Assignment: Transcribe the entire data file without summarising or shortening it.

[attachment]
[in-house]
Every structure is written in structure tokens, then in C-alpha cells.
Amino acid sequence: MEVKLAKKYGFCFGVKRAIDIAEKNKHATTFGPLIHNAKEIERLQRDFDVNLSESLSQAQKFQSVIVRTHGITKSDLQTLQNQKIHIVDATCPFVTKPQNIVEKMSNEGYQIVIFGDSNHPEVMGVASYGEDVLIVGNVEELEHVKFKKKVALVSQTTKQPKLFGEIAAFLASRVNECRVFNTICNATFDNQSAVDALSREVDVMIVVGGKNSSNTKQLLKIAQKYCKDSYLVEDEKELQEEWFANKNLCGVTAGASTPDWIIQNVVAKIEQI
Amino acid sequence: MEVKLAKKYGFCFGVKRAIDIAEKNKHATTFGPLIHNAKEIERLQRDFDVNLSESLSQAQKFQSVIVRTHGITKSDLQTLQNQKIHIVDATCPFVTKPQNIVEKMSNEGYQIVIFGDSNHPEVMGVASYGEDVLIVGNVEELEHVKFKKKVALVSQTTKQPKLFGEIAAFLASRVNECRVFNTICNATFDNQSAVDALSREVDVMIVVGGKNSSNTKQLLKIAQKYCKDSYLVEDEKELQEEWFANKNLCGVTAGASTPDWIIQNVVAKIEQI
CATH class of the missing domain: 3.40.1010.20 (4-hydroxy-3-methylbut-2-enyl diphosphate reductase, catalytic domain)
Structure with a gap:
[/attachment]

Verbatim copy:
[in-house]
Every structure is written in structure tokens, then in C-alpha cells.
Amino acid sequence: MEVKLAKKYGFCFGVKRAIDIAEKNKHATTFGPLIHNAKEIERLQRDFDVNLSESLSQAQKFQSVIVRTHGITKSDLQTLQNQKIHIVDATCPFVTKPQNIVEKMSNEGYQIVIFGDSNHPEVMGVASYGEDVLIVGNVEELEHVKFKKKVALVSQTTKQPKLFGEIAAFLASRVNECRVFNTICNATFDNQSAVDALSREVDVMIVVGGKNSSNTKQLLKIAQKYCKDSYLVEDEKELQEEWFANKNLCGVTAGASTPDWIIQNVVAKIEQI
Amino acid sequence: MEVKLAKKYGFCFGVKRAIDIAEKNKHATTFGPLIHNAKEIERLQRDFDVNLSESLSQAQKFQSVIVRTHGITKSDLQTLQNQKIHIVDATCPFVTKPQNIVEKMSNEGYQIVIFGDSNHPEVMGVASYGEDVLIVGNVEELEHVKFKKKVALVSQTTKQPKLFGEIAAFLASRVNECRVFNTICNATFDNQSAVDALSREVDVMIVVGGKNSSNTKQLLKIAQKYCKDSYLVEDEKELQEEWFANKNLCGVTAGASTPDWIIQNVVAKIEQI
CATH class of the missing domain: 3.40.1010.20 (4-hydroxy-3-methylbut-2-enyl diphosphate reductase, catalytic domain)
Structure with a gap: